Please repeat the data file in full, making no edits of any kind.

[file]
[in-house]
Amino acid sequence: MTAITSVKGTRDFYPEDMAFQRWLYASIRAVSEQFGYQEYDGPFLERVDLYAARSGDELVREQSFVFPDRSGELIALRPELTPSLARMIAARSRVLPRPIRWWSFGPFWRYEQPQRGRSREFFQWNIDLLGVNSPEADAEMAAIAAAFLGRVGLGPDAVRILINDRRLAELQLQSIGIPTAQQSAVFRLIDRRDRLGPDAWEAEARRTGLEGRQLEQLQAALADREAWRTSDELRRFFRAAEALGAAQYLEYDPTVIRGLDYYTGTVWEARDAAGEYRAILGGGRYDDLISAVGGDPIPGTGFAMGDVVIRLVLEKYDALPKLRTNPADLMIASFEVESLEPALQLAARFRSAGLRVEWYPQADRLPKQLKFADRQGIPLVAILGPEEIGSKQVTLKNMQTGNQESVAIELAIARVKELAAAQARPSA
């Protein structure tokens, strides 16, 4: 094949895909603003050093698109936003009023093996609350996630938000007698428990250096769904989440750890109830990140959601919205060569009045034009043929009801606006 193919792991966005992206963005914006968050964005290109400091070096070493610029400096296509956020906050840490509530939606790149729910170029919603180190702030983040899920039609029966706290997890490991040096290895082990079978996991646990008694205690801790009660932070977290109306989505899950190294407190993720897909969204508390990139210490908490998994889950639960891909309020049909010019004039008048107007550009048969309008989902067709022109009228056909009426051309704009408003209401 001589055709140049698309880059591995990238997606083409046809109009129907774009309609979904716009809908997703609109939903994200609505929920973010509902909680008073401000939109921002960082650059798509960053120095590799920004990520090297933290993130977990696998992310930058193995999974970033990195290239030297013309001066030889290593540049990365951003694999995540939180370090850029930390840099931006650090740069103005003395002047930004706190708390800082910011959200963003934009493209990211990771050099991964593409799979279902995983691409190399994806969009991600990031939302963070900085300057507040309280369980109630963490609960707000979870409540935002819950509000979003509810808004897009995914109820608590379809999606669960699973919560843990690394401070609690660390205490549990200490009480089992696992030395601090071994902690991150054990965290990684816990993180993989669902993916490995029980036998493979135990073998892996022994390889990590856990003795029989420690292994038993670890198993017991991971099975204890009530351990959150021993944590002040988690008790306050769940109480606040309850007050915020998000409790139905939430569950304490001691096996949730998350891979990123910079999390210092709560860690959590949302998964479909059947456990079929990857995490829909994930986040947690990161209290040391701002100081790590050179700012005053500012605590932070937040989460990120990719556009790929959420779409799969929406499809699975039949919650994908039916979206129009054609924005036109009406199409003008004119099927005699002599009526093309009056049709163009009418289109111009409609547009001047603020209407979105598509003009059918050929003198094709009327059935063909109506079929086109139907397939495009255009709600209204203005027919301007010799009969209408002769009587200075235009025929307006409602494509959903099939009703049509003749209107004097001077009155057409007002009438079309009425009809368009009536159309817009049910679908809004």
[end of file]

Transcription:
[in-house]
Amino acid sequence: MTAITSVKGTRDFYPEDMAFQRWLYASIRAVSEQFGYQEYDGPFLERVDLYAARSGDELVREQSFVFPDRSGELIALRPELTPSLARMIAARSRVLPRPIRWWSFGPFWRYEQPQRGRSREFFQWNIDLLGVNSPEADAEMAAIAAAFLGRVGLGPDAVRILINDRRLAELQLQSIGIPTAQQSAVFRLIDRRDRLGPDAWEAEARRTGLEGRQLEQLQAALADREAWRTSDELRRFFRAAEALGAAQYLEYDPTVIRGLDYYTGTVWEARDAAGEYRAILGGGRYDDLISAVGGDPIPGTGFAMGDVVIRLVLEKYDALPKLRTNPADLMIASFEVESLEPALQLAARFRSAGLRVEWYPQADRLPKQLKFADRQGIPLVAILGPEEIGSKQVTLKNMQTGNQESVAIELAIARVKELAAAQARPSA
């Protein structure tokens, strides 16, 4: 094949895909603003050093698109936003009023093996609350996630938000007698428990250096769904989440750890109830990140959601919205060569009045034009043929009801606006 193919792991966005992206963005914006968050964005290109400091070096070493610029400096296509956020906050840490509530939606790149729910170029919603180190702030983040899920039609029966706290997890490991040096290895082990079978996991646990008694205690801790009660932070977290109306989505899950190294407190993720897909969204508390990139210490908490998994889950639960891909309020049909010019004039008048107007550009048969309008989902067709022109009228056909009426051309704009408003209401 001589055709140049698309880059591995990238997606083409046809109009129907774009309609979904716009809908997703609109939903994200609505929920973010509902909680008073401000939109921002960082650059798509960053120095590799920004990520090297933290993130977990696998992310930058193995999974970033990195290239030297013309001066030889290593540049990365951003694999995540939180370090850029930390840099931006650090740069103005003395002047930004706190708390800082910011959200963003934009493209990211990771050099991964593409799979279902995983691409190399994806969009991600990031939302963070900085300057507040309280369980109630963490609960707000979870409540935002819950509000979003509810808004897009995914109820608590379809999606669960699973919560843990690394401070609690660390205490549990200490009480089992696992030395601090071994902690991150054990965290990684816990993180993989669902993916490995029980036998493979135990073998892996022994390889990590856990003795029989420690292994038993670890198993017991991971099975204890009530351990959150021993944590002040988690008790306050769940109480606040309850007050915020998000409790139905939430569950304490001691096996949730998350891979990123910079999390210092709560860690959590949302998964479909059947456990079929990857995490829909994930986040947690990161209290040391701002100081790590050179700012005053500012605590932070937040989460990120990719556009790929959420779409799969929406499809699975039949919650994908039916979206129009054609924005036109009406199409003008004119099927005699002599009526093309009056049709163009009418289109111009409609547009001047603020209407979105598509003009059918050929003198094709009327059935063909109506079929086109139907397939495009255009709600209204203005027919301007010799009969209408002769009587200075235009025929307006409602494509959903099939009703049509003749209107004097001077009155057409007002009438079309009425009809368009009536159309817009049910679908809004």